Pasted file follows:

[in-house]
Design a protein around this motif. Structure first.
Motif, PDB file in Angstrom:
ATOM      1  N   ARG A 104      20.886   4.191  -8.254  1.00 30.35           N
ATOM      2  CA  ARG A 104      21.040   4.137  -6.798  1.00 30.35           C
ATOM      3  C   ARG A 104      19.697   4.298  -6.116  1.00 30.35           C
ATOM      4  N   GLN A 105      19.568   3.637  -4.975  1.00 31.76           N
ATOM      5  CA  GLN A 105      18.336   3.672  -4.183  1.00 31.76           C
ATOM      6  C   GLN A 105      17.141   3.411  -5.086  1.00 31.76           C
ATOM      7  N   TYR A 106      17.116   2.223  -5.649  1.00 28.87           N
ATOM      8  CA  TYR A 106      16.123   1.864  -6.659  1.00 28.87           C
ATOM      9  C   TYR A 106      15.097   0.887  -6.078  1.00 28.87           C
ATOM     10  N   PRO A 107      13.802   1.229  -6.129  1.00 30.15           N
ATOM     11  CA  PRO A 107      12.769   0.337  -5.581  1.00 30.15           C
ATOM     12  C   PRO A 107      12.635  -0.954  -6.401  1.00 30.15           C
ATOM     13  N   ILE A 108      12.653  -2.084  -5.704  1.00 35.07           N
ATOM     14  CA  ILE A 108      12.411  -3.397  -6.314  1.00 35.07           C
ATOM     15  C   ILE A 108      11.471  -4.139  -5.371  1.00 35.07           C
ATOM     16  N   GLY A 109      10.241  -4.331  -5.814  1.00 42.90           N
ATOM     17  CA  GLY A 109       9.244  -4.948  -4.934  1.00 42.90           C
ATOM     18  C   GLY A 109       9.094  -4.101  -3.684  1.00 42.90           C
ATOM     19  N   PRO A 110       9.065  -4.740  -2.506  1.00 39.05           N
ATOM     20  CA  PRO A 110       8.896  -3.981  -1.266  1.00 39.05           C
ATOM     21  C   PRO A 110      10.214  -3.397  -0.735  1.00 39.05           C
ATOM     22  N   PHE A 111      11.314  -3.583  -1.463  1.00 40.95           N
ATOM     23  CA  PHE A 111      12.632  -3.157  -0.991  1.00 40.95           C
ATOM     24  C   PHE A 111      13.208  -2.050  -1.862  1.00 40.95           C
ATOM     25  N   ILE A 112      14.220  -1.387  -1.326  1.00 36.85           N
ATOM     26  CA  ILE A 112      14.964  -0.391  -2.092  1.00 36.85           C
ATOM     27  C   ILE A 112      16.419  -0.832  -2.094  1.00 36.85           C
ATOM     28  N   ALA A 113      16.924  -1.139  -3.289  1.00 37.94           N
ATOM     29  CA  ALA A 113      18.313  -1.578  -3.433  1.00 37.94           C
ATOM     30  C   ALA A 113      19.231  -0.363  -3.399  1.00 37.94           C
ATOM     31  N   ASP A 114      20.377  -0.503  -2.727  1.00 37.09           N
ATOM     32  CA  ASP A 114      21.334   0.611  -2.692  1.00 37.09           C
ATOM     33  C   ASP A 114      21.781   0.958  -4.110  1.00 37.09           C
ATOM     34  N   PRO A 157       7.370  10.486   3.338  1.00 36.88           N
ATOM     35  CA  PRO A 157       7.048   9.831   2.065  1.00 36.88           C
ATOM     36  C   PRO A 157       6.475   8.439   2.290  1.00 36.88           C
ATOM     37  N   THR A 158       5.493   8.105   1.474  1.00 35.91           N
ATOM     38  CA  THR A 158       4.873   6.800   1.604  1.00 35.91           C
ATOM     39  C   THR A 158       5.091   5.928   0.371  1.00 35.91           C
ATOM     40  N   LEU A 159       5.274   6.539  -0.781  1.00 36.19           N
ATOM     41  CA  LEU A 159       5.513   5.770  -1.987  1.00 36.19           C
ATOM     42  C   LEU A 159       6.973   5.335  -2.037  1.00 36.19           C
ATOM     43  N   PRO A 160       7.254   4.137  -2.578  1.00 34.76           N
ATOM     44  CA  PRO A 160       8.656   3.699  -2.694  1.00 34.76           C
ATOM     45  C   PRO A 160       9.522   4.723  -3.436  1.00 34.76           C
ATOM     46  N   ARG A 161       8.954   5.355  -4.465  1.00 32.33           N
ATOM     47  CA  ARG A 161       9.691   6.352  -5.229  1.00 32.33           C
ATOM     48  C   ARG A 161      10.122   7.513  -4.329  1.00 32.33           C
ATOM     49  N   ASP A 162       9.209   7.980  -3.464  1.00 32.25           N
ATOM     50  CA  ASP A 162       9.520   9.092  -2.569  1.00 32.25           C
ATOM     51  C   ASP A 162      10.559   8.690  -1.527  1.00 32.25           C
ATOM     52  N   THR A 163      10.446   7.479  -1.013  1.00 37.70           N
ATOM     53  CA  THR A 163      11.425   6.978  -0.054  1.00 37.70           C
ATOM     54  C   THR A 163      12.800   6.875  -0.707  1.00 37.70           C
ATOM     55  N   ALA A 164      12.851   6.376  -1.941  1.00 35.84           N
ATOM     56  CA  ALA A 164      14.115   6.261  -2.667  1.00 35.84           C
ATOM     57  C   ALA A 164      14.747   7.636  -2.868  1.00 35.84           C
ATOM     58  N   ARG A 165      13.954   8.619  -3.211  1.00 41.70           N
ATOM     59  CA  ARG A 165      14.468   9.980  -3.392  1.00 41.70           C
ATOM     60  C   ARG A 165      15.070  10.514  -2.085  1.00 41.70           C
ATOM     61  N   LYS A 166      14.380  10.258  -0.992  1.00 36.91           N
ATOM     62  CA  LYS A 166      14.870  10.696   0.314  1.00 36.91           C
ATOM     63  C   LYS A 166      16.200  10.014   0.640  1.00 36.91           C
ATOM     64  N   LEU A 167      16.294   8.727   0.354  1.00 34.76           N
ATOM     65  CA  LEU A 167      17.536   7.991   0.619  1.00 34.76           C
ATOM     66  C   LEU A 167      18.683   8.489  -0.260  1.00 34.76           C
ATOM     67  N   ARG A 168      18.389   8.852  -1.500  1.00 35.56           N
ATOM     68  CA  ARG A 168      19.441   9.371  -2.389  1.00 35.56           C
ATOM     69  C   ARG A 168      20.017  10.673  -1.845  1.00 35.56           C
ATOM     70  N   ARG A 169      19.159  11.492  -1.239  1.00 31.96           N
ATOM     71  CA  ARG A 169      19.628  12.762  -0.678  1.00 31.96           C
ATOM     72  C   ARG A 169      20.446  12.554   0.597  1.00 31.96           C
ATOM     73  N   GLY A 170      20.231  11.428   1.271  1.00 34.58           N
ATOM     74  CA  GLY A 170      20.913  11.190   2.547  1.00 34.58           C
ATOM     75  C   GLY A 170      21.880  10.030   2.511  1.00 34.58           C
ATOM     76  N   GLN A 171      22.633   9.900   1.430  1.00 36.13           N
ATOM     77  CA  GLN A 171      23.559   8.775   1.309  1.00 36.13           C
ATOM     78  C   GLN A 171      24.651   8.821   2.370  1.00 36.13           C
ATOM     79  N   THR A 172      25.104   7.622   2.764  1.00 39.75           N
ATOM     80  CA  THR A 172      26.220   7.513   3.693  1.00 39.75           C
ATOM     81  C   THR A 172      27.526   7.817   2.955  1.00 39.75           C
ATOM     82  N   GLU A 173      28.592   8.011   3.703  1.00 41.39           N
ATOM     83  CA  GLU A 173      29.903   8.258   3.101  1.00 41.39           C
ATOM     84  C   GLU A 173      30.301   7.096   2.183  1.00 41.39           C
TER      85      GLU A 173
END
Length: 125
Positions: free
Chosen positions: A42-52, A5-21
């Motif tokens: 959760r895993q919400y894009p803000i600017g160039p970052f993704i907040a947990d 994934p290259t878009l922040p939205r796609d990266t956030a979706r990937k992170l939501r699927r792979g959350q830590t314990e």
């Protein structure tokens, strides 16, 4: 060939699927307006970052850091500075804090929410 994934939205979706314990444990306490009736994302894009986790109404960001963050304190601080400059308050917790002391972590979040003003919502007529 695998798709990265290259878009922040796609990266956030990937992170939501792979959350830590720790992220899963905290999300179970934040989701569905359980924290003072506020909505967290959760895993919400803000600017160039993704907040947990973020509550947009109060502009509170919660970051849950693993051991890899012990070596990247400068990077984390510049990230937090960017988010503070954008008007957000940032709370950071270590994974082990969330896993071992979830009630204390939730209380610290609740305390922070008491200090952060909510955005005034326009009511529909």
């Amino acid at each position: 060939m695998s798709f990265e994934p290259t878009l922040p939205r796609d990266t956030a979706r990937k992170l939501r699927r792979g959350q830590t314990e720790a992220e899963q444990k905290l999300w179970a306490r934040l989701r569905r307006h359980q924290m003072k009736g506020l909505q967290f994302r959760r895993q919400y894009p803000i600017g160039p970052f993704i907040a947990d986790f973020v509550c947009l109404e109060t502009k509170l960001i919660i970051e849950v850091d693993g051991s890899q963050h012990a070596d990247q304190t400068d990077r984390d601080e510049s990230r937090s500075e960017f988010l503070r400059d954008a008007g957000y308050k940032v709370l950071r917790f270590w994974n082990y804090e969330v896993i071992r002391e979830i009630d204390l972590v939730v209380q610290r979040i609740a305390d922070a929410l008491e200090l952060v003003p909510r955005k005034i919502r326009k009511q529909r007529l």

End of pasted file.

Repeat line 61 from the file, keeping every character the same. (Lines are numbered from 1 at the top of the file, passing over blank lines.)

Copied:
ATOM     58  N   ARG A 165      13.954   8.619  -3.211  1.00 41.70           N